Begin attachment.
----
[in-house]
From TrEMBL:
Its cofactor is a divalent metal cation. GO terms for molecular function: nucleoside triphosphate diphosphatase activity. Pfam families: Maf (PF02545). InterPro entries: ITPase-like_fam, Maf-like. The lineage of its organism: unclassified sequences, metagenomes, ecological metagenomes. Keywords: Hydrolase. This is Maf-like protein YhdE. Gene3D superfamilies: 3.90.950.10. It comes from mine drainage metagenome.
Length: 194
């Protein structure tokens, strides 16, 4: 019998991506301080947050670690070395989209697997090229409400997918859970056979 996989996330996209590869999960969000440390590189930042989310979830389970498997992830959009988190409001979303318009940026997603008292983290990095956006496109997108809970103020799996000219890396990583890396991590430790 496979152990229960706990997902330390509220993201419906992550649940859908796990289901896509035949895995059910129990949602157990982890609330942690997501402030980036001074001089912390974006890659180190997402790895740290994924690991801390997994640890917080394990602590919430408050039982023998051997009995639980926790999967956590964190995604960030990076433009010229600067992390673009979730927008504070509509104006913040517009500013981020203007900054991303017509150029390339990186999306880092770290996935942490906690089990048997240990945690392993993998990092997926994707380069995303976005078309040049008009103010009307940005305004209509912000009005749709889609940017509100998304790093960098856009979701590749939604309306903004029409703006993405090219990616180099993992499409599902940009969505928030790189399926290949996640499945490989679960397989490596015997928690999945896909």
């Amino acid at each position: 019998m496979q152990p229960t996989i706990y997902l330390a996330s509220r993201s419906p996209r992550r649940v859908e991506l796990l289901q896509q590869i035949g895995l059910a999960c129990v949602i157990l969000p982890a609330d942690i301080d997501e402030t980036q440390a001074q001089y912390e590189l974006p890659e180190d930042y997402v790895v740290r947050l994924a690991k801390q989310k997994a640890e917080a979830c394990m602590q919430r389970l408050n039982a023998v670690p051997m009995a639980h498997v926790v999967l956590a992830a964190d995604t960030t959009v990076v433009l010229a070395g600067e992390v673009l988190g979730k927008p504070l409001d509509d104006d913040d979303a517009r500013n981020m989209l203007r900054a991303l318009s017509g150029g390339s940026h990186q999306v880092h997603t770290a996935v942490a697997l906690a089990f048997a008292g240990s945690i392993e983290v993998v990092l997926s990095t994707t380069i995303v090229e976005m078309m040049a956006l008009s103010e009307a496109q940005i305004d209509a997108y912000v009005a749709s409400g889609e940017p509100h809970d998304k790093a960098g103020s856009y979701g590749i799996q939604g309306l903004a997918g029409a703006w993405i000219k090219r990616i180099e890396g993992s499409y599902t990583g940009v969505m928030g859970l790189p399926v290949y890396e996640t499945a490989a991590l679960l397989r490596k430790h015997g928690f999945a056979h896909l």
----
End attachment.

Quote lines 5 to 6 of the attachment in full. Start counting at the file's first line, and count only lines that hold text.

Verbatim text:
């Protein structure tokens, strides 16, 4: 019998991506301080947050670690070395989209697997090229409400997918859970056979 996989996330996209590869999960969000440390590189930042989310979830389970498997992830959009988190409001979303318009940026997603008292983290990095956006496109997108809970103020799996000219890396990583890396991590430790 496979152990229960706990997902330390509220993201419906992550649940859908796990289901896509035949895995059910129990949602157990982890609330942690997501402030980036001074001089912390974006890659180190997402790895740290994924690991801390997994640890917080394990602590919430408050039982023998051997009995639980926790999967956590964190995604960030990076433009010229600067992390673009979730927008504070509509104006913040517009500013981020203007900054991303017509150029390339990186999306880092770290996935942490906690089990048997240990945690392993993998990092997926994707380069995303976005078309040049008009103010009307940005305004209509912000009005749709889609940017509100998304790093960098856009979701590749939604309306903004029409703006993405090219990616180099993992499409599902940009969505928030790189399926290949996640499945490989679960397989490596015997928690999945896909």
């Amino acid at each position: 019998m496979q152990p229960t996989i706990y997902l330390a996330s509220r993201s419906p996209r992550r649940v859908e991506l796990l289901q896509q590869i035949g895995l059910a999960c129990v949602i157990l969000p982890a609330d942690i301080d997501e402030t980036q440390a001074q001089y912390e590189l974006p890659e180190d930042y997402v790895v740290r947050l994924a690991k801390q989310k997994a640890e917080a979830c394990m602590q919430r389970l408050n039982a023998v670690p051997m009995a639980h498997v926790v999967l956590a992830a964190d995604t960030t959009v990076v433009l010229a070395g600067e992390v673009l988190g979730k927008p504070l409001d509509d104006d913040d979303a517009r500013n981020m989209l203007r900054a991303l318009s017509g150029g390339s940026h990186q999306v880092h997603t770290a996935v942490a697997l906690a089990f048997a008292g240990s945690i392993e983290v993998v990092l997926s990095t994707t380069i995303v090229e976005m078309m040049a956006l008009s103010e009307a496109q940005i305004d209509a997108y912000v009005a749709s409400g889609e940017p509100h809970d998304k790093a960098g103020s856009y979701g590749i799996q939604g309306l903004a997918g029409a703006w993405i000219k090219r990616i180099e890396g993992s499409y599902t990583g940009v969505m928030g859970l790189p399926v290949y890396e996640t499945a490989a991590l679960l397989r490596k430790h015997g928690f999945a056979h896909l």